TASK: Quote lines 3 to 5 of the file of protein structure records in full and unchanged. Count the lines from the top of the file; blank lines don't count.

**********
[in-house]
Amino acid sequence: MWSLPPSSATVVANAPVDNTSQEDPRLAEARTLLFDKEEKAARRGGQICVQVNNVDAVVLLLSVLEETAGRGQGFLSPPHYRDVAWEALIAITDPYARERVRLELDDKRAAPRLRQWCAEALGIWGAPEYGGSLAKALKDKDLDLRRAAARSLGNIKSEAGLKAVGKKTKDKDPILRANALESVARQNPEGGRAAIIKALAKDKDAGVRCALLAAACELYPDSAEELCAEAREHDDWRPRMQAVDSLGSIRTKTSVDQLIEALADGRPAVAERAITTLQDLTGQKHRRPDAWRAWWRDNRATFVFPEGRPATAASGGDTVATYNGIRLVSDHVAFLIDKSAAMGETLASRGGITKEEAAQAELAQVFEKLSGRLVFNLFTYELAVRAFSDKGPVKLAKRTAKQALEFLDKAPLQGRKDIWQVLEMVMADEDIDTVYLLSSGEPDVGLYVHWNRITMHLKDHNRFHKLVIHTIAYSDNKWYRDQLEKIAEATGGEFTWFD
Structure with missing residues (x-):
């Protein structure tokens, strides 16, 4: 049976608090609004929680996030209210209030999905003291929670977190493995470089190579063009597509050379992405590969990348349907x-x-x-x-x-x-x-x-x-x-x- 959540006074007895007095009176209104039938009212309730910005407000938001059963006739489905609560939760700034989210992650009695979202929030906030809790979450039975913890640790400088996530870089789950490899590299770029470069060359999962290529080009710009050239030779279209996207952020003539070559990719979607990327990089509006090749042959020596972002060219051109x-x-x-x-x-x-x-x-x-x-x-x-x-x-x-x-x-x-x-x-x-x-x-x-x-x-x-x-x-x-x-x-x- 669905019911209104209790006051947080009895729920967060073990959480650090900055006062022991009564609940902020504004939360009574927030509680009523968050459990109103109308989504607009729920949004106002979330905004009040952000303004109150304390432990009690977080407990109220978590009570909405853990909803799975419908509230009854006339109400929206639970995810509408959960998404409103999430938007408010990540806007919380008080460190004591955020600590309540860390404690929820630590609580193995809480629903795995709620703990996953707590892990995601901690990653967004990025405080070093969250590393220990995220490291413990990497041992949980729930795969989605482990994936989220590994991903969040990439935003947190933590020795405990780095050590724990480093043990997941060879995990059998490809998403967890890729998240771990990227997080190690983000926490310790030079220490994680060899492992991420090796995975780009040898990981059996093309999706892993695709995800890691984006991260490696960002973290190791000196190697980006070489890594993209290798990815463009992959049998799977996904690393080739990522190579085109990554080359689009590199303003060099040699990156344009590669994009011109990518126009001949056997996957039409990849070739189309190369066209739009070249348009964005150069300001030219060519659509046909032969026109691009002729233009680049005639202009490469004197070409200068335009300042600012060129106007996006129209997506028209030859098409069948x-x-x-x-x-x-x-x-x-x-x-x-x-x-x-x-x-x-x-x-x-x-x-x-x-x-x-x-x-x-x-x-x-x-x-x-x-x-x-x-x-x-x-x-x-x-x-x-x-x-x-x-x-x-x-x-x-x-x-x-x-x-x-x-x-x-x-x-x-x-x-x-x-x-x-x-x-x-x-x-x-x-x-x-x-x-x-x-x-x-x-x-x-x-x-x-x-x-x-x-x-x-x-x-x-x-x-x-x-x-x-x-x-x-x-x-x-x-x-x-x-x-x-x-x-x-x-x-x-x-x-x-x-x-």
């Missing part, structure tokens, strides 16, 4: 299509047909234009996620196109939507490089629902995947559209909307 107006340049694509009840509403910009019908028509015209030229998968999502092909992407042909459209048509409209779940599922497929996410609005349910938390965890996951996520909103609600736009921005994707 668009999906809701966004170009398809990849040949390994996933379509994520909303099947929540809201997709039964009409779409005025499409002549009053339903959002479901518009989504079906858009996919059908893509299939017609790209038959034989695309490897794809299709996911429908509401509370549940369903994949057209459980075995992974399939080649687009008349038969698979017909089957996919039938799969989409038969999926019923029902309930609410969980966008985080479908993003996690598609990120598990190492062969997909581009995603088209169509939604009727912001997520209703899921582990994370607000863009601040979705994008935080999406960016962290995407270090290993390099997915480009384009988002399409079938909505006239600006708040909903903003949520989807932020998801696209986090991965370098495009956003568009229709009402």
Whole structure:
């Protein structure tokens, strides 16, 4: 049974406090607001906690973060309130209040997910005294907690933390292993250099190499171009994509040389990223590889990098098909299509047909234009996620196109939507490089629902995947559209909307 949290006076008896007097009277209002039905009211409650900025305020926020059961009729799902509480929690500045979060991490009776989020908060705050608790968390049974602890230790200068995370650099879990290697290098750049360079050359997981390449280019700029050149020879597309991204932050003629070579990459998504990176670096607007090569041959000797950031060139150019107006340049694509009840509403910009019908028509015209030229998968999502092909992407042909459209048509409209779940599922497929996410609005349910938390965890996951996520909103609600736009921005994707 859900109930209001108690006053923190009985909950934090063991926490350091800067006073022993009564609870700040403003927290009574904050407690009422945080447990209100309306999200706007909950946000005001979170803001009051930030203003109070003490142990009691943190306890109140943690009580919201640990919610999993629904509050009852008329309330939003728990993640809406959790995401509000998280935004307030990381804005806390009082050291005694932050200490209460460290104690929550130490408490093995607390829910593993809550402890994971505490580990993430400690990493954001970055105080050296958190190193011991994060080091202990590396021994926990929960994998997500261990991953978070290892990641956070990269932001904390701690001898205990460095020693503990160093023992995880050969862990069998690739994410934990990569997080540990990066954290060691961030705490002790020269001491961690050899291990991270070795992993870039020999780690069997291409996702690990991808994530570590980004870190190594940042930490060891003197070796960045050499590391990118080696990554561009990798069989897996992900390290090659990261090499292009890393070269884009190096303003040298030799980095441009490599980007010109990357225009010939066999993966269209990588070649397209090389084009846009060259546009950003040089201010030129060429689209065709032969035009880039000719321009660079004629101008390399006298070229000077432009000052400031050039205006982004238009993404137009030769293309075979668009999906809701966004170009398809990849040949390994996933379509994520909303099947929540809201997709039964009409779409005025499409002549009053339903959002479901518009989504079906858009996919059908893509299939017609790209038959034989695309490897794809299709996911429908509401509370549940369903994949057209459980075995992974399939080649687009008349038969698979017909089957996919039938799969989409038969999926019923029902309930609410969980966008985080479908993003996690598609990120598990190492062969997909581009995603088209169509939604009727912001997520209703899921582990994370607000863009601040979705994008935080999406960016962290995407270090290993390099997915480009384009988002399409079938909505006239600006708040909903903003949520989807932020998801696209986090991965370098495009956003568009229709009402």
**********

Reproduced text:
Structure with missing residues (x-):
């Protein structure tokens, strides 16, 4: 049976608090609004929680996030209210209030999905003291929670977190493995470089190579063009597509050379992405590969990348349907x-x-x-x-x-x-x-x-x-x-x- 959540006074007895007095009176209104039938009212309730910005407000938001059963006739489905609560939760700034989210992650009695979202929030906030809790979450039975913890640790400088996530870089789950490899590299770029470069060359999962290529080009710009050239030779279209996207952020003539070559990719979607990327990089509006090749042959020596972002060219051109x-x-x-x-x-x-x-x-x-x-x-x-x-x-x-x-x-x-x-x-x-x-x-x-x-x-x-x-x-x-x-x-x- 669905019911209104209790006051947080009895729920967060073990959480650090900055006062022991009564609940902020504004939360009574927030509680009523968050459990109103109308989504607009729920949004106002979330905004009040952000303004109150304390432990009690977080407990109220978590009570909405853990909803799975419908509230009854006339109400929206639970995810509408959960998404409103999430938007408010990540806007919380008080460190004591955020600590309540860390404690929820630590609580193995809480629903795995709620703990996953707590892990995601901690990653967004990025405080070093969250590393220990995220490291413990990497041992949980729930795969989605482990994936989220590994991903969040990439935003947190933590020795405990780095050590724990480093043990997941060879995990059998490809998403967890890729998240771990990227997080190690983000926490310790030079220490994680060899492992991420090796995975780009040898990981059996093309999706892993695709995800890691984006991260490696960002973290190791000196190697980006070489890594993209290798990815463009992959049998799977996904690393080739990522190579085109990554080359689009590199303003060099040699990156344009590669994009011109990518126009001949056997996957039409990849070739189309190369066209739009070249348009964005150069300001030219060519659509046909032969026109691009002729233009680049005639202009490469004197070409200068335009300042600012060129106007996006129209997506028209030859098409069948x-x-x-x-x-x-x-x-x-x-x-x-x-x-x-x-x-x-x-x-x-x-x-x-x-x-x-x-x-x-x-x-x-x-x-x-x-x-x-x-x-x-x-x-x-x-x-x-x-x-x-x-x-x-x-x-x-x-x-x-x-x-x-x-x-x-x-x-x-x-x-x-x-x-x-x-x-x-x-x-x-x-x-x-x-x-x-x-x-x-x-x-x-x-x-x-x-x-x-x-x-x-x-x-x-x-x-x-x-x-x-x-x-x-x-x-x-x-x-x-x-x-x-x-x-x-x-x-x-x-x-x-x-x-």
């Missing part, structure tokens, strides 16, 4: 299509047909234009996620196109939507490089629902995947559209909307 107006340049694509009840509403910009019908028509015209030229998968999502092909992407042909459209048509409209779940599922497929996410609005349910938390965890996951996520909103609600736009921005994707 668009999906809701966004170009398809990849040949390994996933379509994520909303099947929540809201997709039964009409779409005025499409002549009053339903959002479901518009989504079906858009996919059908893509299939017609790209038959034989695309490897794809299709996911429908509401509370549940369903994949057209459980075995992974399939080649687009008349038969698979017909089957996919039938799969989409038969999926019923029902309930609410969980966008985080479908993003996690598609990120598990190492062969997909581009995603088209169509939604009727912001997520209703899921582990994370607000863009601040979705994008935080999406960016962290995407270090290993390099997915480009384009988002399409079938909505006239600006708040909903903003949520989807932020998801696209986090991965370098495009956003568009229709009402």